CHELSEA, Mich. -- The Chrysler group is trying to jump-start PT Cruiser sales by touting it -- at long last -- as a small car.
A small-car pitch is surprising because the company has called it anything but.
The vehicle was derived from the Dodge Neon sedan. But the company classified it as a light truck for federal fuel economy purposes when it was introduced in 2000.
The classification drew the ire of some environmentalists. They said the vehicle was clearly a car and should be subject to higher federal fuel economy standards. The law says that if a vehicle's rear seats can be folded flat, it can be a truck.
For marketing purposes, Chrysler cast it as a segment buster, neither car nor truck.
Now Chrysler is coming full circle. It will market the PT Cruiser as a small car, says Jeff Bell, Chrysler group vice president of the Jeep and Chrysler brands.
"We convinced ourselves based on the initial sales euphoria that this was a completely unique thing, that it defied a definition and had its own unique segment," Bell says.
"That was not a very robust strategy for its long-term success," he says. "So we have repositioned it and placed it squarely in the small-car segment where there is a lot of volume opportunity."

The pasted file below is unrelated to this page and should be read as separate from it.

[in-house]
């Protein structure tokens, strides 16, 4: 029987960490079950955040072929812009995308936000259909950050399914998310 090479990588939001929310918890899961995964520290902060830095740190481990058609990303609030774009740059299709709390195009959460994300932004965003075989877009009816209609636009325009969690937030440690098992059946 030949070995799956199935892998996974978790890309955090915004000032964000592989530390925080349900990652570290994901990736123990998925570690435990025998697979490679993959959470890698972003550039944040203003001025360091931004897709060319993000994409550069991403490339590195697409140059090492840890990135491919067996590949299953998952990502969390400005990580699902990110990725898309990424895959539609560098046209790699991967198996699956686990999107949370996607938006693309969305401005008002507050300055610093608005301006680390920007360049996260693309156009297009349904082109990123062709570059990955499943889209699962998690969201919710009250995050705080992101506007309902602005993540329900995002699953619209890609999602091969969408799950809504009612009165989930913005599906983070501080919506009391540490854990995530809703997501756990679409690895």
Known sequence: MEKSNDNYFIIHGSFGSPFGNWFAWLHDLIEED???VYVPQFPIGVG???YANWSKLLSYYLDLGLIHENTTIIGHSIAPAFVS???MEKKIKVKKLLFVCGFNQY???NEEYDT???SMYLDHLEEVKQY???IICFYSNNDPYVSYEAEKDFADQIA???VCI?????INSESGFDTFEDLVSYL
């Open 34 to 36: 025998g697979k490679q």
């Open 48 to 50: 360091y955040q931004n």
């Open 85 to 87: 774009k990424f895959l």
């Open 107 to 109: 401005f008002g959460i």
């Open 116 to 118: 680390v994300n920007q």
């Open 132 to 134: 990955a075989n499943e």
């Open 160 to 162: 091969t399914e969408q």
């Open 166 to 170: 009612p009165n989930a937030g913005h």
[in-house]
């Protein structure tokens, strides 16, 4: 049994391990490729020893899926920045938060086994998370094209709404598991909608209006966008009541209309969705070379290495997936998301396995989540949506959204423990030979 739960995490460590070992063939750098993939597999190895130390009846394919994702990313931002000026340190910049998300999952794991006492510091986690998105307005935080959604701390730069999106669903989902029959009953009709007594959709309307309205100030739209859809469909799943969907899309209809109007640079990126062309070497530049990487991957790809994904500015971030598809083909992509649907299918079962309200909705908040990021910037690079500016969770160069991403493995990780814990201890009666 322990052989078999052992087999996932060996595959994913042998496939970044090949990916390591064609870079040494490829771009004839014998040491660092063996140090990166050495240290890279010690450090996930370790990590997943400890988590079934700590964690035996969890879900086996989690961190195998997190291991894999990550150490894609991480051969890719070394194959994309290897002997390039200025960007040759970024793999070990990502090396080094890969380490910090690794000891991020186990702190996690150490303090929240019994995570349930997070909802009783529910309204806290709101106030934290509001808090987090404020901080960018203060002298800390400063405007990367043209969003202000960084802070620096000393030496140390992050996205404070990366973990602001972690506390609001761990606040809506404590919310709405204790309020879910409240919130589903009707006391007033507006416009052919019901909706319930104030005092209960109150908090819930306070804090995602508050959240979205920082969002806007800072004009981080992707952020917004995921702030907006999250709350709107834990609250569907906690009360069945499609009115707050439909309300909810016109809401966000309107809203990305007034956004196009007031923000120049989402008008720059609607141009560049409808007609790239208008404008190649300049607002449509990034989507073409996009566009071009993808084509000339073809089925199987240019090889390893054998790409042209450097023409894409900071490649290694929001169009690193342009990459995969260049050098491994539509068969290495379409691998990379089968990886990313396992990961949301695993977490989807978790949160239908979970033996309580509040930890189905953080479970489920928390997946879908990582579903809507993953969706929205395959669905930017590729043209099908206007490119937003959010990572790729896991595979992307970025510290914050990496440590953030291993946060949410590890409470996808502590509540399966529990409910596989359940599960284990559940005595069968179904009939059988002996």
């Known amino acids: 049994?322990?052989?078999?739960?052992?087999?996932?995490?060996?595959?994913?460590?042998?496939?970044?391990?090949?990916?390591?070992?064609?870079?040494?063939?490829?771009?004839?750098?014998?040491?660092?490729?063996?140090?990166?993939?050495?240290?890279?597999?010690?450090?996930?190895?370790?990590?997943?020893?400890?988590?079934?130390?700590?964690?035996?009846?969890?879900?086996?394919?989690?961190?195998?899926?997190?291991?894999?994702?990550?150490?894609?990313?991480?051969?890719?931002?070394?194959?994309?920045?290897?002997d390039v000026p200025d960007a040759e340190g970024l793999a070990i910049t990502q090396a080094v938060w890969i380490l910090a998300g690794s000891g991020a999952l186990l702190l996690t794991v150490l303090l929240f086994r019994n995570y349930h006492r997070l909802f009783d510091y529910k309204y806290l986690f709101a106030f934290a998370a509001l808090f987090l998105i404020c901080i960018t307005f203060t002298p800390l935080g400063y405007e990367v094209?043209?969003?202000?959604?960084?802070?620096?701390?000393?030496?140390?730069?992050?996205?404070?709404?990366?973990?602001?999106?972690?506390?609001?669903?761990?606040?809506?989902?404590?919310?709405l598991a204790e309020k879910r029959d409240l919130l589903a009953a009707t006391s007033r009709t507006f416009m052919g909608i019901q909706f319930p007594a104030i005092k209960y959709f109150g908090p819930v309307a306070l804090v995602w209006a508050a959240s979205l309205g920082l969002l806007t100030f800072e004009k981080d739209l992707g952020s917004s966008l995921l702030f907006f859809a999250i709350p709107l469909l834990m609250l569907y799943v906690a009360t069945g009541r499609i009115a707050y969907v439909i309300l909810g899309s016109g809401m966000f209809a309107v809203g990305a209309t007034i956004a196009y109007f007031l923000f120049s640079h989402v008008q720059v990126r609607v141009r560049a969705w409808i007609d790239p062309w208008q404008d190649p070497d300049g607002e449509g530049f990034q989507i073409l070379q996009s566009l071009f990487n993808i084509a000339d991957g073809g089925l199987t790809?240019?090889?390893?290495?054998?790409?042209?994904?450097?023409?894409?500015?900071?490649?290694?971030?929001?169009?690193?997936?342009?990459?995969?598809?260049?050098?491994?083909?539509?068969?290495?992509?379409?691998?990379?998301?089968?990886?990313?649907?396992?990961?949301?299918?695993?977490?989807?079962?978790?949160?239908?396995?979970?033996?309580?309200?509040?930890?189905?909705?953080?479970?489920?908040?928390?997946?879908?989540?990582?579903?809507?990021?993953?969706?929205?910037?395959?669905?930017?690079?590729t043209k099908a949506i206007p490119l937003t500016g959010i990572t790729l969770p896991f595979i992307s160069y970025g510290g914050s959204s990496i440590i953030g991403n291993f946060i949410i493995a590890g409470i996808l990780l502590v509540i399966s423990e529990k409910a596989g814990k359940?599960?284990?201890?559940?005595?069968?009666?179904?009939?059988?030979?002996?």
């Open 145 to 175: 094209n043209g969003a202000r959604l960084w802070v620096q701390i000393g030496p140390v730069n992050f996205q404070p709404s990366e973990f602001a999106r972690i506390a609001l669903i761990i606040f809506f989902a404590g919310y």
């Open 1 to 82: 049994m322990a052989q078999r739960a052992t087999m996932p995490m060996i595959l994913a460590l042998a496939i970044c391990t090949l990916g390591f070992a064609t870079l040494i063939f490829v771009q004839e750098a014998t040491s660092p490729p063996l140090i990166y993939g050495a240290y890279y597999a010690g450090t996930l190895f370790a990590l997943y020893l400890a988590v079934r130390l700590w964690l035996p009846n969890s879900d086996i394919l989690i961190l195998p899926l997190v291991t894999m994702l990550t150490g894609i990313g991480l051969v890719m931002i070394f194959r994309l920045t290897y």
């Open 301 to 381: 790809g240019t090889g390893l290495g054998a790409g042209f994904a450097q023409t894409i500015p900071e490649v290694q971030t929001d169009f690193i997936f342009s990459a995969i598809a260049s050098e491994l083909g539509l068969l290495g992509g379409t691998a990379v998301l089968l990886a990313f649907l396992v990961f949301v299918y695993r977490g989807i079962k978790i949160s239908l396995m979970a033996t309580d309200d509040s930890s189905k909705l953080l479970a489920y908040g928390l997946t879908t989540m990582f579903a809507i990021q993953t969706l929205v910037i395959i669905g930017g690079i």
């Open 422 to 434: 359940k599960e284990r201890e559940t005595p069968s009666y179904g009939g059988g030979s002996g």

The 2006 model reaches dealerships in August. A new grille, interior and front and rear fascias update the 5-year-old model.
Through May, PT Cruiser sales are holding steady. In the first five months, 53,821 units were sold, 189 more than in the year-ago period.
Chrysler began tinkering with the PT Cruiser strategy last fall. For the 2005 models, content was removed and the base sticker price was lowered.
That strategy "really started gaining traction this calendar year," Bell says. "It is now getting consideration with small-car shoppers."
Shoppers considering the Honda Civic and Toyota Corolla also are looking at the PT Cruiser, he says.
"We have had our highest cross-shopping against those vehicles this calendar year," Bell says.
The average age of the PT Cruiser buyer is dropping, he says. "It was running about 57, and now it is almost 10 years younger."
The PT Cruiser touched off a sales furor when it was introduced in March 2000. Sales peaked at 144,717 units units in 2001. Its worst year was 2003, when 107,759 units were sold.
Bell says Chrysler now pitches the PT Cruiser as a small-car with style, functionality and a versatile interior.
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